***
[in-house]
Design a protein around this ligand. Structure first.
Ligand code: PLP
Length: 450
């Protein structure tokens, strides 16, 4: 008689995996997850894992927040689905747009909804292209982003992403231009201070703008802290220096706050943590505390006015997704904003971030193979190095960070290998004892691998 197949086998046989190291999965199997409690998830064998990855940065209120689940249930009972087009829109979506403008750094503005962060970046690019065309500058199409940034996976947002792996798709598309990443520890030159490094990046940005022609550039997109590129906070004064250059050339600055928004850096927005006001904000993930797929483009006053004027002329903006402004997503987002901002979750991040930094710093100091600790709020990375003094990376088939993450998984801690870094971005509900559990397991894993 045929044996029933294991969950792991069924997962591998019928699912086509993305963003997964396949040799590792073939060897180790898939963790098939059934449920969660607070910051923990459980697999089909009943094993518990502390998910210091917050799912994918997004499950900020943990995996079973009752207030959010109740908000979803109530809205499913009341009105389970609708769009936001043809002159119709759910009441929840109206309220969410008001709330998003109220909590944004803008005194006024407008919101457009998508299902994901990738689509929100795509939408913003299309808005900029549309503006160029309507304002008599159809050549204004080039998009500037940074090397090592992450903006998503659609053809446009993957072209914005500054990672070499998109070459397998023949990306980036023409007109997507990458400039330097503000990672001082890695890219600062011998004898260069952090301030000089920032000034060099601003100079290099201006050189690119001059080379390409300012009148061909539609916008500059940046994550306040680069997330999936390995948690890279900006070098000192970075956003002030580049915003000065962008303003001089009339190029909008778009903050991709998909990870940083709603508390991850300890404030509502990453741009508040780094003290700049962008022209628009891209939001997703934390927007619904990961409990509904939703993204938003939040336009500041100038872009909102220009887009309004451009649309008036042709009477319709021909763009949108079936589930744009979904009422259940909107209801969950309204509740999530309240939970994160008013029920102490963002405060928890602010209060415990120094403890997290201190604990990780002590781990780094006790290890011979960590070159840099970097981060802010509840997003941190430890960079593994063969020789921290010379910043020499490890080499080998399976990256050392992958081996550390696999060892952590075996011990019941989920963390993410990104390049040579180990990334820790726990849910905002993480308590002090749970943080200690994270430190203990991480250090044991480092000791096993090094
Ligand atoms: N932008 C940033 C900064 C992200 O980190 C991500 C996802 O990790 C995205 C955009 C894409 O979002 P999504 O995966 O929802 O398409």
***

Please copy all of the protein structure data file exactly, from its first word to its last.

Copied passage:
[in-house]
Design a protein around this ligand. Structure first.
Ligand code: PLP
Length: 450
């Protein structure tokens, strides 16, 4: 008689995996997850894992927040689905747009909804292209982003992403231009201070703008802290220096706050943590505390006015997704904003971030193979190095960070290998004892691998 197949086998046989190291999965199997409690998830064998990855940065209120689940249930009972087009829109979506403008750094503005962060970046690019065309500058199409940034996976947002792996798709598309990443520890030159490094990046940005022609550039997109590129906070004064250059050339600055928004850096927005006001904000993930797929483009006053004027002329903006402004997503987002901002979750991040930094710093100091600790709020990375003094990376088939993450998984801690870094971005509900559990397991894993 045929044996029933294991969950792991069924997962591998019928699912086509993305963003997964396949040799590792073939060897180790898939963790098939059934449920969660607070910051923990459980697999089909009943094993518990502390998910210091917050799912994918997004499950900020943990995996079973009752207030959010109740908000979803109530809205499913009341009105389970609708769009936001043809002159119709759910009441929840109206309220969410008001709330998003109220909590944004803008005194006024407008919101457009998508299902994901990738689509929100795509939408913003299309808005900029549309503006160029309507304002008599159809050549204004080039998009500037940074090397090592992450903006998503659609053809446009993957072209914005500054990672070499998109070459397998023949990306980036023409007109997507990458400039330097503000990672001082890695890219600062011998004898260069952090301030000089920032000034060099601003100079290099201006050189690119001059080379390409300012009148061909539609916008500059940046994550306040680069997330999936390995948690890279900006070098000192970075956003002030580049915003000065962008303003001089009339190029909008778009903050991709998909990870940083709603508390991850300890404030509502990453741009508040780094003290700049962008022209628009891209939001997703934390927007619904990961409990509904939703993204938003939040336009500041100038872009909102220009887009309004451009649309008036042709009477319709021909763009949108079936589930744009979904009422259940909107209801969950309204509740999530309240939970994160008013029920102490963002405060928890602010209060415990120094403890997290201190604990990780002590781990780094006790290890011979960590070159840099970097981060802010509840997003941190430890960079593994063969020789921290010379910043020499490890080499080998399976990256050392992958081996550390696999060892952590075996011990019941989920963390993410990104390049040579180990990334820790726990849910905002993480308590002090749970943080200690994270430190203990991480250090044991480092000791096993090094
Ligand atoms: N932008 C940033 C900064 C992200 O980190 C991500 C996802 O990790 C995205 C955009 C894409 O979002 P999504 O995966 O929802 O398409």